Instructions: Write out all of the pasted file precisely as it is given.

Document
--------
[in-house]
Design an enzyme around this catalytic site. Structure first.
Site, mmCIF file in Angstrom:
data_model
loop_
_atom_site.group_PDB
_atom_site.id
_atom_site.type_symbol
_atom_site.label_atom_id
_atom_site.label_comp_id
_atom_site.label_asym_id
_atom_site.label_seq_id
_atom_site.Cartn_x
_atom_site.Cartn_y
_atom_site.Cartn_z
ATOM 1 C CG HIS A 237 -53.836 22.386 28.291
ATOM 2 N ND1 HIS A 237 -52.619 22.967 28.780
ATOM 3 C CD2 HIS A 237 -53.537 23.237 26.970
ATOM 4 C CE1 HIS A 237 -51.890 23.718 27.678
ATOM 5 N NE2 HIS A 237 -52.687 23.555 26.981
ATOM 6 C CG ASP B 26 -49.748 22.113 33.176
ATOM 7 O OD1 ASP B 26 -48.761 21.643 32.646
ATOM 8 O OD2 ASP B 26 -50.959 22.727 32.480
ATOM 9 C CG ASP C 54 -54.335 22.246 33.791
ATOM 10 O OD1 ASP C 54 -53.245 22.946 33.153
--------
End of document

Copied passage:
[in-house]
Design an enzyme around this catalytic site. Structure first.
Site, mmCIF file in Angstrom:
data_model
loop_
_atom_site.group_PDB
_atom_site.id
_atom_site.type_symbol
_atom_site.label_atom_id
_atom_site.label_comp_id
_atom_site.label_asym_id
_atom_site.label_seq_id
_atom_site.Cartn_x
_atom_site.Cartn_y
_atom_site.Cartn_z
ATOM 1 C CG HIS A 237 -53.836 22.386 28.291
ATOM 2 N ND1 HIS A 237 -52.619 22.967 28.780
ATOM 3 C CD2 HIS A 237 -53.537 23.237 26.970
ATOM 4 C CE1 HIS A 237 -51.890 23.718 27.678
ATOM 5 N NE2 HIS A 237 -52.687 23.555 26.981
ATOM 6 C CG ASP B 26 -49.748 22.113 33.176
ATOM 7 O OD1 ASP B 26 -48.761 21.643 32.646
ATOM 8 O OD2 ASP B 26 -50.959 22.727 32.480
ATOM 9 C CG ASP C 54 -54.335 22.246 33.791
ATOM 10 O OD1 ASP C 54 -53.245 22.946 33.153